I’m not sure when I first noticed it. It started out as a feeling or subtle awareness: a déjà vu sensation. As I’ve traveled more and more over the years, this awareness expanded in both depth and intensity. I began to think, in my mind, about what was going on.
Travel leads me ‘out’ of myself and into the world (most recently, Morocco). The more unfamiliar the environment, it seems, the faster I seem to want to go. Morocco, or ‘Maroc’ as the locals refer to it, felt like one enormous Souk: a dazzle of sensory experience that was a kind of non-stop seduction further and deeper into the ‘heart’ of whatever city I was in at the time. Most larger cities in Maroc have multiple souks (narrow, maze-like caverns of goods for sale), and medinas (more like a city square).
Following a souk is exactly like the story of Alice, in her Wonderland: your curiousity propels you in your very first step forward, to see what further delights might lie ahead. There’s no point in looking for markers or street signs – there aren’t any; and the scenery changes constantly, so it’s impossible to get your bearings. Spices, leather goods, clothing, fabrics, jewelry, food, shoes, crockery, rugs, metal crafts…just a partial list of ‘sections’ within each souk. New wares are constantly being delivered, by donkey or scooter, throughout the day; so walking a souk means paying attention to shouts of “Aihtaras!” (Move! Now!). For Moroccans, this is Life: vital commerce that extends from about 9 in the morning until midnight. It’s very possible to become disoriented in a large souk: there are so many people, so many things that draw your attention, moving your feet forward, trancelike. Deeper in wonderment you go.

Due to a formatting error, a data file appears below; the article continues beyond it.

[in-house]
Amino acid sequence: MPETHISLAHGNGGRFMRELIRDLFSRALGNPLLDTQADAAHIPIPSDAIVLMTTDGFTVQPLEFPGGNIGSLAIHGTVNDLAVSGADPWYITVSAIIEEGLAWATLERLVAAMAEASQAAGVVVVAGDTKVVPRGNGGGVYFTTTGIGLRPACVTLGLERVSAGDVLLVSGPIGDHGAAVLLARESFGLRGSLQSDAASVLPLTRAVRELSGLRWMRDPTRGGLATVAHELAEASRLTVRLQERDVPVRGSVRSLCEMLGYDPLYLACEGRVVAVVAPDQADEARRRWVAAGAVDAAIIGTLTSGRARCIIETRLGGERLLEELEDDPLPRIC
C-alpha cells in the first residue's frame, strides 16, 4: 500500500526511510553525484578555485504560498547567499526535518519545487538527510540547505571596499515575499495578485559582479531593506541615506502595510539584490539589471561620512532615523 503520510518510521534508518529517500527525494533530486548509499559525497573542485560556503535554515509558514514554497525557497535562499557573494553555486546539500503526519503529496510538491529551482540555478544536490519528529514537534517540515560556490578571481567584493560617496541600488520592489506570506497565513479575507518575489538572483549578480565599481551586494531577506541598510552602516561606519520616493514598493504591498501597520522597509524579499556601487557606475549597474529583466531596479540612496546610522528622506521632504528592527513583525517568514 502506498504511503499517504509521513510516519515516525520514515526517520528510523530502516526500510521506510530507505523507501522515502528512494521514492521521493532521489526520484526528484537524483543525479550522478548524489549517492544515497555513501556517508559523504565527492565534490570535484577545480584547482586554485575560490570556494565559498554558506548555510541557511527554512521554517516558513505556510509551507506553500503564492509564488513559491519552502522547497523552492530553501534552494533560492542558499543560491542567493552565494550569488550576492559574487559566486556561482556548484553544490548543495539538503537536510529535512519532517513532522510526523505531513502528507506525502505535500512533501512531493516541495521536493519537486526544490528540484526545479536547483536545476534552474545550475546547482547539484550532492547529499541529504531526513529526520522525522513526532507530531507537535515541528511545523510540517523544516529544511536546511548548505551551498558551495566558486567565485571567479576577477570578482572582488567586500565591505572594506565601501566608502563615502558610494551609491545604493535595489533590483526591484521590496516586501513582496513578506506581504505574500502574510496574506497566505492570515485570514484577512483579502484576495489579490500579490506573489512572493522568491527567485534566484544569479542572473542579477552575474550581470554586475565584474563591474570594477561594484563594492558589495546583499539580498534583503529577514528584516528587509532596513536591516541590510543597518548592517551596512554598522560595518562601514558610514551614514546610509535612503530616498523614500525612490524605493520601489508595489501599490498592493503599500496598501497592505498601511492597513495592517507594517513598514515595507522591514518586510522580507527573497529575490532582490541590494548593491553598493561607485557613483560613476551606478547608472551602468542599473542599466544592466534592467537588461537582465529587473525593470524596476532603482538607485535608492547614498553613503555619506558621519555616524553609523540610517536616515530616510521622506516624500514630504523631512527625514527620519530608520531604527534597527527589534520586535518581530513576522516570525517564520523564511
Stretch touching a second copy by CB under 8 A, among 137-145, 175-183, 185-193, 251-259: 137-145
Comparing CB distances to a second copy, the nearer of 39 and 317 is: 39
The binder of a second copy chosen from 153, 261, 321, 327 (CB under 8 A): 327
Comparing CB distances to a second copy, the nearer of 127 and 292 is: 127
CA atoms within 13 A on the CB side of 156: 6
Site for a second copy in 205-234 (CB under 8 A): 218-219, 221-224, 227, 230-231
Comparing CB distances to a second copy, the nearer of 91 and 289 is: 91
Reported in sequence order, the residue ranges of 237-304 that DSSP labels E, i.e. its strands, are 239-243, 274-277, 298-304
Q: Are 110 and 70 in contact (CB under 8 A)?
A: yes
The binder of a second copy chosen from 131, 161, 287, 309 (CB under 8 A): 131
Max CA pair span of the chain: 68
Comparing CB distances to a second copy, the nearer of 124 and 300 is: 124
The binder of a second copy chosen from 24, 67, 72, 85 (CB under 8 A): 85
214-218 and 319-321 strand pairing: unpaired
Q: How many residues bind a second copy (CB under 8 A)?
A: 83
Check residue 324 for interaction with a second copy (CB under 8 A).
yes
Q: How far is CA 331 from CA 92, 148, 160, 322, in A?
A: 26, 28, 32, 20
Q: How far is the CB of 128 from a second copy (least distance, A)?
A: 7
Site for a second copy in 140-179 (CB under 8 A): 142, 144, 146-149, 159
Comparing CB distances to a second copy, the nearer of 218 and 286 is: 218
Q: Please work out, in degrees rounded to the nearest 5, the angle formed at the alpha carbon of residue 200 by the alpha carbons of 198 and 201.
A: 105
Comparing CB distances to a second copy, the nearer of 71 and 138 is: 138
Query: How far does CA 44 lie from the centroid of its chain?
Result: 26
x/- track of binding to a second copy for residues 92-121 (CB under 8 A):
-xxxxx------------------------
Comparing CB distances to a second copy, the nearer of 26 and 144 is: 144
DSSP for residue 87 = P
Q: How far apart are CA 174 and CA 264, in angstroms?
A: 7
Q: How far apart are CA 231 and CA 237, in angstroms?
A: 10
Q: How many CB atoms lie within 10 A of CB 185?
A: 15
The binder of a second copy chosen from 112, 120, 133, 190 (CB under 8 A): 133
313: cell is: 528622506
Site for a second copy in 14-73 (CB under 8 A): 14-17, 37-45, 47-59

At some point in my life, travel began leading me ‘into’ myself as I explored the world. Just like in a souk, I abandon any worry of becoming lost, and give in wholeheartedly to the experience. I trust that, when I need to ‘exit’ that exploration for a minute, to process and integrate what I’ve learned, I’ll find the right resting spot.
With this trip, I soon realized that Maroc has been a part of my inner-self exploration even before the trip was planned. Returning to the States, as soon as I walked through the front door to my home, I saw with fresh eyes – and astonishment – that my décor is actually very Moroccan. It has been, since as far back as my first apartment. But I needed to go to Morocco, to wander souks with total abandonment and trust, to be reminded of what was already in my heart and a part of who I am. “Shukran, Maroc.” I will return; and in the meantime, continue to carry you in my heart.